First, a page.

As a generally neurotic person, I tend to assign significance to all observations, no matter how insignificant. A stray mark on a graded paper obviously means it was well written, and a muffled clearing of a class member's throat is an undeniable sign of disapproval. In a sense, this absurd noticing of things is what interests me in politics, where the smallest word choice can make all of the difference (hence, we hear about the "Recovery Act" from Democrats and an "unprecedented bailout" from the Republicans).
But as I move on to my first real job, in political polling and strategy, I hope that what I call "neurotic" becomes "observant." Clearly, I'm already on my way.
There's just one little thing that I often fail to notice: People make mistakes — in action and observation. Sometimes a cough is just a cough, just as a one-point lead in a poll could be the result of a few poorly timed trips to the grocery store. This "give" — a margin of error — is too often overlooked at Brown, as elsewhere. But for all the shortcomings, I have learned at Brown to appreciate little things for what they are — maybe significant, maybe not.Take Brown's grading policy. My friends from just about every other school look at me in disbelief when I describe the University's philosophy about grades. How can grading possibly be fair when there are so few distinctions? To which I respond: How can a grading policy be fair with such fine gradation? How much difference is there really between an A-minus and an A, and why should that difference matter? An A means I did a great job in a class; a B a good job; a C, not so good. (We don't talk about No Credit.)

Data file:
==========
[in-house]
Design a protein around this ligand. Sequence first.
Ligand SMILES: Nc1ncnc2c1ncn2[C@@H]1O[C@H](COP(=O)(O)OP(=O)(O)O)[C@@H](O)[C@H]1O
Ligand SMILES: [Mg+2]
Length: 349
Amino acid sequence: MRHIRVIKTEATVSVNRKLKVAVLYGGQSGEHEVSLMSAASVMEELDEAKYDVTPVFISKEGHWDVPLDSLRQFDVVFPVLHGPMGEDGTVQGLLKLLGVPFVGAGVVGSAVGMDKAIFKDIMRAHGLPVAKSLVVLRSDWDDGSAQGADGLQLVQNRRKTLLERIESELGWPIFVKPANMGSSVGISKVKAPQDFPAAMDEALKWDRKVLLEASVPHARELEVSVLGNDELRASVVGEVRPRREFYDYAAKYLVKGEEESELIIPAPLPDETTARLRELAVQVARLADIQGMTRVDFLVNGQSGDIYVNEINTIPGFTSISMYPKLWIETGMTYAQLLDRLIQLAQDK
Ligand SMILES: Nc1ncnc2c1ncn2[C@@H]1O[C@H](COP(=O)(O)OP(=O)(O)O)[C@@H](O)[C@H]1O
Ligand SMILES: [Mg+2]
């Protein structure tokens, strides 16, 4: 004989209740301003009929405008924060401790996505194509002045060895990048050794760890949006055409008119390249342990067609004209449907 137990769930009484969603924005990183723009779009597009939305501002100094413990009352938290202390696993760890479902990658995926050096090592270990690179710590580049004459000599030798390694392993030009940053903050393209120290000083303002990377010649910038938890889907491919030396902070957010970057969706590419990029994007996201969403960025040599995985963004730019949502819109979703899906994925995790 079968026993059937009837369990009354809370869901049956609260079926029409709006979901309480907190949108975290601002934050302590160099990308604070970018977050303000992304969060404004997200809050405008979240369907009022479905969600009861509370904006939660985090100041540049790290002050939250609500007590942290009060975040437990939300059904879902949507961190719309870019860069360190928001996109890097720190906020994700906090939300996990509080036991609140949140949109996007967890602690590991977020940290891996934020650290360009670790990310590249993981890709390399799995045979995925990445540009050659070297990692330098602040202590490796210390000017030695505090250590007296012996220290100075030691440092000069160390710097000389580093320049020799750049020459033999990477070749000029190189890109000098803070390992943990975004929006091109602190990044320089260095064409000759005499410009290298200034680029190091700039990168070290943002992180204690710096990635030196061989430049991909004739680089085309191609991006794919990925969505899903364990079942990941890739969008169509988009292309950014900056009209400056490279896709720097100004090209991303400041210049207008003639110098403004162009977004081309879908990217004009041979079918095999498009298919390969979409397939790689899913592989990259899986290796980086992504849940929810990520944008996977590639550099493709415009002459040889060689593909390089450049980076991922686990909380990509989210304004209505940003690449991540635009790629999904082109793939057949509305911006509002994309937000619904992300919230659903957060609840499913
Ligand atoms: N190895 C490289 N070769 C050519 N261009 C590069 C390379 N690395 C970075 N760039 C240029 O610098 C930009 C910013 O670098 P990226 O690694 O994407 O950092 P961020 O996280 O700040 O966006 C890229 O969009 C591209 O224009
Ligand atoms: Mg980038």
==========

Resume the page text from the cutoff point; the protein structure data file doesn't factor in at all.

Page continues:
As I finish Brown, I have a much better idea about what a good versus a great job means — it is a distinction that allows for a margin of error. It replaces the anxiety and competitiveness with a much healthier attitude about what grades should be: a general assessment of how I did in a class.
The no-pluses-and-minuses policy is emblematic of a broader philosophy at Brown that understands students can learn best when we are allowed some wiggle room. It is part of the ethos here for professors to keep students in mind when designing their coursework and undergraduate education. Even in my classes in economics, a discipline where the prevailing attitude about causation can be elucidated by the recent financial crisis, professors have stressed thinking critically about what a statistical result means in a complex world with imperfections.
At Brown, we are proud of our adversity through slight misdirection. We appreciate margin of error. I hope to take this lesson with me to the world of politics, and remember that the other guy's supporters go to the grocery store as much as my guy's do (unless, of course, my candidate is winning by a point).
Scott Lowenstein '10, from Binghamton, N.Y., was senior editor of The Herald in 2009.